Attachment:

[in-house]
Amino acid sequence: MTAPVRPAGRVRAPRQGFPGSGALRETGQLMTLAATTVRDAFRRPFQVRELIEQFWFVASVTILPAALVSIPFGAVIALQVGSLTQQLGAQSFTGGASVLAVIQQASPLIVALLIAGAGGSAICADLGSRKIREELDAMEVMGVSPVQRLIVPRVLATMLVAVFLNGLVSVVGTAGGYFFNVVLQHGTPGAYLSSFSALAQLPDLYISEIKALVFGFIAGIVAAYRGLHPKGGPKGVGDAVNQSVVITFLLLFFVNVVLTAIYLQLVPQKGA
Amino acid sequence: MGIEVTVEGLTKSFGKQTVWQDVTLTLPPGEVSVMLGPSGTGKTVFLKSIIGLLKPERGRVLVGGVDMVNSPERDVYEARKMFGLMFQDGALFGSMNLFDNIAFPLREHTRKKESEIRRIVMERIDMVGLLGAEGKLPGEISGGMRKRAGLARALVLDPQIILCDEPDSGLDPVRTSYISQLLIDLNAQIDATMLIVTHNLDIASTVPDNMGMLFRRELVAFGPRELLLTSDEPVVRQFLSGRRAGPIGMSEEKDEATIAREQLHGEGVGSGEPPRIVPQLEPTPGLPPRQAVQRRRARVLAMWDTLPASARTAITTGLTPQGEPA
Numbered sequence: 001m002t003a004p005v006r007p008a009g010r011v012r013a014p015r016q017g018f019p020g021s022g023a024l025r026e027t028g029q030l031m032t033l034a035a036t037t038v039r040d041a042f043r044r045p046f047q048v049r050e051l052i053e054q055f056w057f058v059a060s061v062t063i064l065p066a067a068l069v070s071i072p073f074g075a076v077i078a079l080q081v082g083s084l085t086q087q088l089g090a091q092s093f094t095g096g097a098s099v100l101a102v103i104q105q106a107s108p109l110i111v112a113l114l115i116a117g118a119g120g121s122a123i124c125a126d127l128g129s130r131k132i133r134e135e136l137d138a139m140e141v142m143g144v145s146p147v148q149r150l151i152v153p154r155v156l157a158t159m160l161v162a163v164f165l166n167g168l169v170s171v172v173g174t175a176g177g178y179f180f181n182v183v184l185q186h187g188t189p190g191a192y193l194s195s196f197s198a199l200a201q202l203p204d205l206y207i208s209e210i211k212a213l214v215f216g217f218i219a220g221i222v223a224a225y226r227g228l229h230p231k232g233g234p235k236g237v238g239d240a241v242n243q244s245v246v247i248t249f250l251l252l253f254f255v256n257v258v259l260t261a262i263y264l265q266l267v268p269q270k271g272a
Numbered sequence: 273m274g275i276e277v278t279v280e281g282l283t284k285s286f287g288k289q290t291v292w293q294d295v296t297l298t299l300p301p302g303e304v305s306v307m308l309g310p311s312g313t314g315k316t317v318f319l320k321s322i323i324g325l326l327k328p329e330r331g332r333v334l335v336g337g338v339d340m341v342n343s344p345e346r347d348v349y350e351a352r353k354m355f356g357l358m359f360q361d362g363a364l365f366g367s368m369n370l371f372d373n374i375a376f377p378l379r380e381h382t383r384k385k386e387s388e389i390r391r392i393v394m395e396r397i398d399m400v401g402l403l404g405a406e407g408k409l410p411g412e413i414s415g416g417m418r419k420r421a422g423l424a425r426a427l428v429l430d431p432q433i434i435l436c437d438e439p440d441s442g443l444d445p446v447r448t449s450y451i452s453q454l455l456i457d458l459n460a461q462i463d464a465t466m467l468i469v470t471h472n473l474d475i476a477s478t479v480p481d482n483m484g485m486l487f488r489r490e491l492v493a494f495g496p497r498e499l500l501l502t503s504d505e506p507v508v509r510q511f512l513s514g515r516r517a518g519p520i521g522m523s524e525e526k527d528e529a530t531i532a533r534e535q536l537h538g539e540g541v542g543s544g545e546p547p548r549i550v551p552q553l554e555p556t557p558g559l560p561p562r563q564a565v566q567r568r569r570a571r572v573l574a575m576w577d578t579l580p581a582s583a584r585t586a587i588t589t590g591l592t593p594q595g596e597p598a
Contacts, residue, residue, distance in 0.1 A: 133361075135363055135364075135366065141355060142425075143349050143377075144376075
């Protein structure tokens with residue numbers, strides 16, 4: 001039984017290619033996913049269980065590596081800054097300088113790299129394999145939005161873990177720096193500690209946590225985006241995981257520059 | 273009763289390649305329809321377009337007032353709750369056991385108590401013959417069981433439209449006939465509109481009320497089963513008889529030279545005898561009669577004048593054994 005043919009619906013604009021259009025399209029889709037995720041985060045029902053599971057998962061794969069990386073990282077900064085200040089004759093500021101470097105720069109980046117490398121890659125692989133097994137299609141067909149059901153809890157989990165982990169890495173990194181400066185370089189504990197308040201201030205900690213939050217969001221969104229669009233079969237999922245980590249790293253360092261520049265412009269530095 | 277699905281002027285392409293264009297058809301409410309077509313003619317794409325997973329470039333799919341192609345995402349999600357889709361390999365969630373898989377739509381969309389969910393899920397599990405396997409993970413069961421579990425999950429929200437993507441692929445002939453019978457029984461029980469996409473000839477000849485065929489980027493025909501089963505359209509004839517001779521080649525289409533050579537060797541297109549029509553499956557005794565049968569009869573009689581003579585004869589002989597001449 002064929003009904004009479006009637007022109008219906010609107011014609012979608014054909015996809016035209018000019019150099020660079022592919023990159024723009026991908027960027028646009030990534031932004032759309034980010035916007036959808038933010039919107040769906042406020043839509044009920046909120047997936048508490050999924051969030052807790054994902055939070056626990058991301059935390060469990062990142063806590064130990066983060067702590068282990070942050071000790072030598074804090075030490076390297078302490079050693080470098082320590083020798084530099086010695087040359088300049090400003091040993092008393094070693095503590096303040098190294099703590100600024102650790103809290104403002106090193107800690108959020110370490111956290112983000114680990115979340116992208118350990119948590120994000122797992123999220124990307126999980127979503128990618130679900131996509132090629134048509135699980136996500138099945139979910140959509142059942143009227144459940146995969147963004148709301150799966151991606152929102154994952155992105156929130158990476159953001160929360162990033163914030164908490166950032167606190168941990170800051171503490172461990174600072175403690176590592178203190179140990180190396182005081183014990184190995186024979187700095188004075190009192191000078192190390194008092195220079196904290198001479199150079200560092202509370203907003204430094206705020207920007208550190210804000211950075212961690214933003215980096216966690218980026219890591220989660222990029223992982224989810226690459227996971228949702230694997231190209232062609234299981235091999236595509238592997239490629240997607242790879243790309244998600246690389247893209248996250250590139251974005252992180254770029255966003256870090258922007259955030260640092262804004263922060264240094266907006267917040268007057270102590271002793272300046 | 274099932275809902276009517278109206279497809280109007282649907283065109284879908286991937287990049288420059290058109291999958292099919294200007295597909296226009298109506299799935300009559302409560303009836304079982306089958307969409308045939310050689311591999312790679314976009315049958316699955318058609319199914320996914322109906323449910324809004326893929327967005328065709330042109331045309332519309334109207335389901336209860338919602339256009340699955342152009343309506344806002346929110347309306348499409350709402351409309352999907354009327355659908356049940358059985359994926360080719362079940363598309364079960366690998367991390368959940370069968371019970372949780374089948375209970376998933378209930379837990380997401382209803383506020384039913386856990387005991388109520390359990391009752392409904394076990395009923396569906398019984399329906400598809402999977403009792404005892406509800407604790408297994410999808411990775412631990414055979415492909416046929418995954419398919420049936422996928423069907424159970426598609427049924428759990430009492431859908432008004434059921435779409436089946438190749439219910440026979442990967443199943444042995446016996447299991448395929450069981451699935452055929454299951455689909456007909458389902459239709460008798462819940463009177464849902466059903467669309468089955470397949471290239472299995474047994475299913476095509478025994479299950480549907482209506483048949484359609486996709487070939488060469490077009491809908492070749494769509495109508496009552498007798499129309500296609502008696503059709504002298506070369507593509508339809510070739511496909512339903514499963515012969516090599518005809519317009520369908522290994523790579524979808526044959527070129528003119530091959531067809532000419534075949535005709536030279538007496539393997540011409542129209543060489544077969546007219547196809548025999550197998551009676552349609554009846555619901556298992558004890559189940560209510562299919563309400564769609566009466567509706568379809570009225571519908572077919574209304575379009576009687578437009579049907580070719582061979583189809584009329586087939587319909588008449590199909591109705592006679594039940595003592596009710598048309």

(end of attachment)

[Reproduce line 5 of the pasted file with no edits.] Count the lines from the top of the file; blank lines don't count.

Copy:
Numbered sequence: 273m274g275i276e277v278t279v280e281g282l283t284k285s286f287g288k289q290t291v292w293q294d295v296t297l298t299l300p301p302g303e304v305s306v307m308l309g310p311s312g313t314g315k316t317v318f319l320k321s322i323i324g325l326l327k328p329e330r331g332r333v334l335v336g337g338v339d340m341v342n343s344p345e346r347d348v349y350e351a352r353k354m355f356g357l358m359f360q361d362g363a364l365f366g367s368m369n370l371f372d373n374i375a376f377p378l379r380e381h382t383r384k385k386e387s388e389i390r391r392i393v394m395e396r397i398d399m400v401g402l403l404g405a406e407g408k409l410p411g412e413i414s415g416g417m418r419k420r421a422g423l424a425r426a427l428v429l430d431p432q433i434i435l436c437d438e439p440d441s442g443l444d445p446v447r448t449s450y451i452s453q454l455l456i457d458l459n460a461q462i463d464a465t466m467l468i469v470t471h472n473l474d475i476a477s478t479v480p481d482n483m484g485m486l487f488r489r490e491l492v493a494f495g496p497r498e499l500l501l502t503s504d505e506p507v508v509r510q511f512l513s514g515r516r517a518g519p520i521g522m523s524e525e526k527d528e529a530t531i532a533r534e535q536l537h538g539e540g541v542g543s544g545e546p547p548r549i550v551p552q553l554e555p556t557p558g559l560p561p562r563q564a565v566q567r568r569r570a571r572v573l574a575m576w577d578t579l580p581a582s583a584r585t586a587i588t589t590g591l592t593p594q595g596e597p598a